27th August 2020

Veronica Aaronson
Jean Atkin

24th September 2020

Julia Deakin
Jackie Wills

29th October 2020

Martyn Crucefix
Phil Kirby

26th November 2020

Clare Best
Robert Hamberger

17th December 2020

Things We Should Have Said

Kevan Manwaring

Guest Poet: Kevan Manwaring

Kevan Manwaring has been writing poetry since 1991, and this summer published a collection bringing together work from over a quarter of a century (Silver Branch: bardic poems, from Awen Publications). He is the author of fiction (The Windsmith Elegy; Oxfordshire Folk Tales; Ballad Tales) and non-fiction (The Bardic Handbook; Lost Islands; Turning the Wheel). He is a lecturer in creative writing for the Open University, and has recently completed a PhD in Creative Writing at the University of Leicester. He blogs and tweets as the Bardic Academic. A keen walker, his poetry is informed by his love of the landscape, myth and legend.

Jan Noble

Guest Poet: Jan Noble

Jan Noble is a London-based writer and poet. He has taught creative writing in prisons, schools and psychiatric wards. His work has been set to music, recorded by producer Craig Leon at Abbey Road studios and broadcast on Channel 4 and BBC Radio. A film of his poetic monologue My Name is Swan (performed at every 'Swan' pub in London) premiered at the Curzon, Aldgate as part of the East End Film Festival. His latest epic poem, Reynard, was launched at the Stoke Newington Literary Festival.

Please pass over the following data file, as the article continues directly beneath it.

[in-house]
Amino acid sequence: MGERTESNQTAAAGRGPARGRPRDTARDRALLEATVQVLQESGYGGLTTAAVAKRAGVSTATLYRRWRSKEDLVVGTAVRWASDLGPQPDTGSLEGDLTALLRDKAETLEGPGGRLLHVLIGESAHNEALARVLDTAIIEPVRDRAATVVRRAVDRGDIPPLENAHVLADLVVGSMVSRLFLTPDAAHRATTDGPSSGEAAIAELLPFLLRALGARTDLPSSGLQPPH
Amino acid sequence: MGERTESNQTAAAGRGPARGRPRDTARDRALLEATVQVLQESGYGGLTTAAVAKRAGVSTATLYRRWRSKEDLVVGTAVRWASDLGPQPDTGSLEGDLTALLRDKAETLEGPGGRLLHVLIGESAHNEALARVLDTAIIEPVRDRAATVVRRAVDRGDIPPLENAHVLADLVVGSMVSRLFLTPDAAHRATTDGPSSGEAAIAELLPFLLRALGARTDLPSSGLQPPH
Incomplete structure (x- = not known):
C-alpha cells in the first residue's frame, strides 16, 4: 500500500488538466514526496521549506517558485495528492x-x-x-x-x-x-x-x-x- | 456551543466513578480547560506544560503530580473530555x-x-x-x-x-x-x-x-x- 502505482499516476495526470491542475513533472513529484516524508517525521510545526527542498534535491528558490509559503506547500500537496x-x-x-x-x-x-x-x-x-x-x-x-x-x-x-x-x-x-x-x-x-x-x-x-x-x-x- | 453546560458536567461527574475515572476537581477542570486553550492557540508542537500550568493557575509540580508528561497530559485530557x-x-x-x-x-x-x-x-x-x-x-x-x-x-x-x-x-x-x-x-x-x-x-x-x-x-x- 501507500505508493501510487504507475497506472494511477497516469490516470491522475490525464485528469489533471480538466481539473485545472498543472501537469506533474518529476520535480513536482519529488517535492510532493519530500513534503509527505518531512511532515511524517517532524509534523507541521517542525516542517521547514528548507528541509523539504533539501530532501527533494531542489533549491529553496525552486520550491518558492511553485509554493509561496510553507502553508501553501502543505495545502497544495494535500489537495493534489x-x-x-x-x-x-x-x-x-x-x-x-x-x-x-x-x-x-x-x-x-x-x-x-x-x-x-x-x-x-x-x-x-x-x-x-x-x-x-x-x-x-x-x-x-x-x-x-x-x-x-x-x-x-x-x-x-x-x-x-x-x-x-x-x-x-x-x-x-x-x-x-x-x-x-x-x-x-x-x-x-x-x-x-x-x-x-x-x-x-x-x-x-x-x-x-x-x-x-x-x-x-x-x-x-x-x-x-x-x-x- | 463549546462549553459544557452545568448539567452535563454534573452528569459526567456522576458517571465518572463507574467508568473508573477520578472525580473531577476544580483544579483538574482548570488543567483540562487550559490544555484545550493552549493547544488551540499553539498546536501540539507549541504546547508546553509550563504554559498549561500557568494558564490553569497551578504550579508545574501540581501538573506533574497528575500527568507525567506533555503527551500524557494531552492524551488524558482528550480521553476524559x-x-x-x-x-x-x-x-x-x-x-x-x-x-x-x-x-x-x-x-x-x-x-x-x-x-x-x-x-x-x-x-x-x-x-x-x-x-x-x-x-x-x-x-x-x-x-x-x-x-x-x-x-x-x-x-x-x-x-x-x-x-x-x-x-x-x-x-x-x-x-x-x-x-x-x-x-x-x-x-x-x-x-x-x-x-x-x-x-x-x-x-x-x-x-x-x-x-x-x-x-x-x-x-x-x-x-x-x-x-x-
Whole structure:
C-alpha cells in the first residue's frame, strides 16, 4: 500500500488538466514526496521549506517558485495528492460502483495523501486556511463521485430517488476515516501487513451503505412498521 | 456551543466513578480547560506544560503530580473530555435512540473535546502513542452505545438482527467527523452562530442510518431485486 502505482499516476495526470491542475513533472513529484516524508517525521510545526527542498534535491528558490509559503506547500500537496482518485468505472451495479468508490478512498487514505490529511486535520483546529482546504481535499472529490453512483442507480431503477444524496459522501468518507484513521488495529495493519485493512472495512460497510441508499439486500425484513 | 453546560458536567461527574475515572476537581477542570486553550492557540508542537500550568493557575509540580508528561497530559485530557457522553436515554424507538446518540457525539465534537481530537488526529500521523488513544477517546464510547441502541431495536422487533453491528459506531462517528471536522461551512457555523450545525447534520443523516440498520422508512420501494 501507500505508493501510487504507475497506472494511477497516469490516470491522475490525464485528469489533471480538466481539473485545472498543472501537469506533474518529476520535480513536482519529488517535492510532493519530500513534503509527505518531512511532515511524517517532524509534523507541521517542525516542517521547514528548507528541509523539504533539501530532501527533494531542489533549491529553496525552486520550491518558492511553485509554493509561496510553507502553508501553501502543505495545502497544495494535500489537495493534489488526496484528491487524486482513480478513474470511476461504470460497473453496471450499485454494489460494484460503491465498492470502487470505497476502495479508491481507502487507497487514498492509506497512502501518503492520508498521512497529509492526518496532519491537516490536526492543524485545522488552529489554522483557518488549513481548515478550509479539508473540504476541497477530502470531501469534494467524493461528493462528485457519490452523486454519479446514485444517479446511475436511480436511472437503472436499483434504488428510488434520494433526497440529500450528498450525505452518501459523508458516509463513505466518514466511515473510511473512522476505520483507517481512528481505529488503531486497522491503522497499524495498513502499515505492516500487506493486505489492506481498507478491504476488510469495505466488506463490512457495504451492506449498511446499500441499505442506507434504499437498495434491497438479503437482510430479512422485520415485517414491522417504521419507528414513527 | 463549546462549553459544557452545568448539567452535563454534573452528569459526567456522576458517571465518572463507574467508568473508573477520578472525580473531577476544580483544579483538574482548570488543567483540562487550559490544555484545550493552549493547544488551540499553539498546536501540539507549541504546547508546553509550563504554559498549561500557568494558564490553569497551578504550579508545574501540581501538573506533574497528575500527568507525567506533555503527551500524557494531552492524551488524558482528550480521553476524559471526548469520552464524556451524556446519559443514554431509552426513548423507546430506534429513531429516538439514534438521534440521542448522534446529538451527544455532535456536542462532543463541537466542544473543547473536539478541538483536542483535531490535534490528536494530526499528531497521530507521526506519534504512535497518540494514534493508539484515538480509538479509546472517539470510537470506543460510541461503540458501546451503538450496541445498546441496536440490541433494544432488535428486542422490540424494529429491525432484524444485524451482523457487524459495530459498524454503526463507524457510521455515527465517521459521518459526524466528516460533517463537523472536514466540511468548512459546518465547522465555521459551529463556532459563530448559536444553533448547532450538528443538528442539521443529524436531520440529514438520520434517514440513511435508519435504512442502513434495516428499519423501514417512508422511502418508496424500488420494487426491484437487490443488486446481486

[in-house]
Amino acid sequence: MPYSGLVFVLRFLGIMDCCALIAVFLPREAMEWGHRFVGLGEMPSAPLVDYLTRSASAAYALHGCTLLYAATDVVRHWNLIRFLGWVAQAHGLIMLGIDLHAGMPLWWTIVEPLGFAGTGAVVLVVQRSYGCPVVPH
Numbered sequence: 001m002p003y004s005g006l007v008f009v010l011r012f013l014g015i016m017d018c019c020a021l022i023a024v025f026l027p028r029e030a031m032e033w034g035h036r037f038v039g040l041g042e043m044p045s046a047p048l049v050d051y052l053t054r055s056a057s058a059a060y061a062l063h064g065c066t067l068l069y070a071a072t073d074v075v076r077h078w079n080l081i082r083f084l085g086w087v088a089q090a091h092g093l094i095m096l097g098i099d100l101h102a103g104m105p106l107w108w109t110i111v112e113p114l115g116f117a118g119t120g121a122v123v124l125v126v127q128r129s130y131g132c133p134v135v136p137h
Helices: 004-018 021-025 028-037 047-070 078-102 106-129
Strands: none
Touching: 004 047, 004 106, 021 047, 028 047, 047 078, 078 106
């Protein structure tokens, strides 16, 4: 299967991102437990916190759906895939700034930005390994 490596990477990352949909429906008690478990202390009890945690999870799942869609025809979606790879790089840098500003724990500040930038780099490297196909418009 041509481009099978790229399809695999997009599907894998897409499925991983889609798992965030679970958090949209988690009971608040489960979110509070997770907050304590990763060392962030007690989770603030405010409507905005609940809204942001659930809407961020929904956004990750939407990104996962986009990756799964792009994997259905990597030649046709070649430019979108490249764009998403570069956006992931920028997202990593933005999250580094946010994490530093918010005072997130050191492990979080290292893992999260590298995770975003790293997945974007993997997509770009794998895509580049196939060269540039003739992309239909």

20th December 2018, The Swan Hotel, Bradford on Avon, Wiltshire BA15 1LN

A huge thank you to guest poets Jan Noble and Kevan Manwaring for bringing our Words & Ears year to a fabulous close in December. Kevan set the mood for the turn of the year with poems about the 'wild north wind', mistletoe, and the solstice ('the darker it gets, the brighter we become'), and open mic-ers shared childhood family Christmas memories (Mark Sayers); the US East Coast in winter (Diana Durham) and, naturally, snow (Peter O'Grady - 'this wintered acoustic changes everything'); plus there were great poems from Martin Davies, Paul Brokensha, Chaucer Cameron, Verona Bass, John Powell and, freshly written and then performed in the first half, from Kevan's friend Kevin. BUT the highlight of the evening for me was Jan Noble's electrifying performance of his complex, political, luminous monologue My Name is Swan ('King of effortless rivers / mercenary of the estuary... pimp of the tributaries') - the broken streets of our time meet the unbroken voice of the people, 'loose, though not free'... If you weren't there, you missed 15 minutes of the utterly extraordinary. If you'd like a link to the full-length film version, please let me know.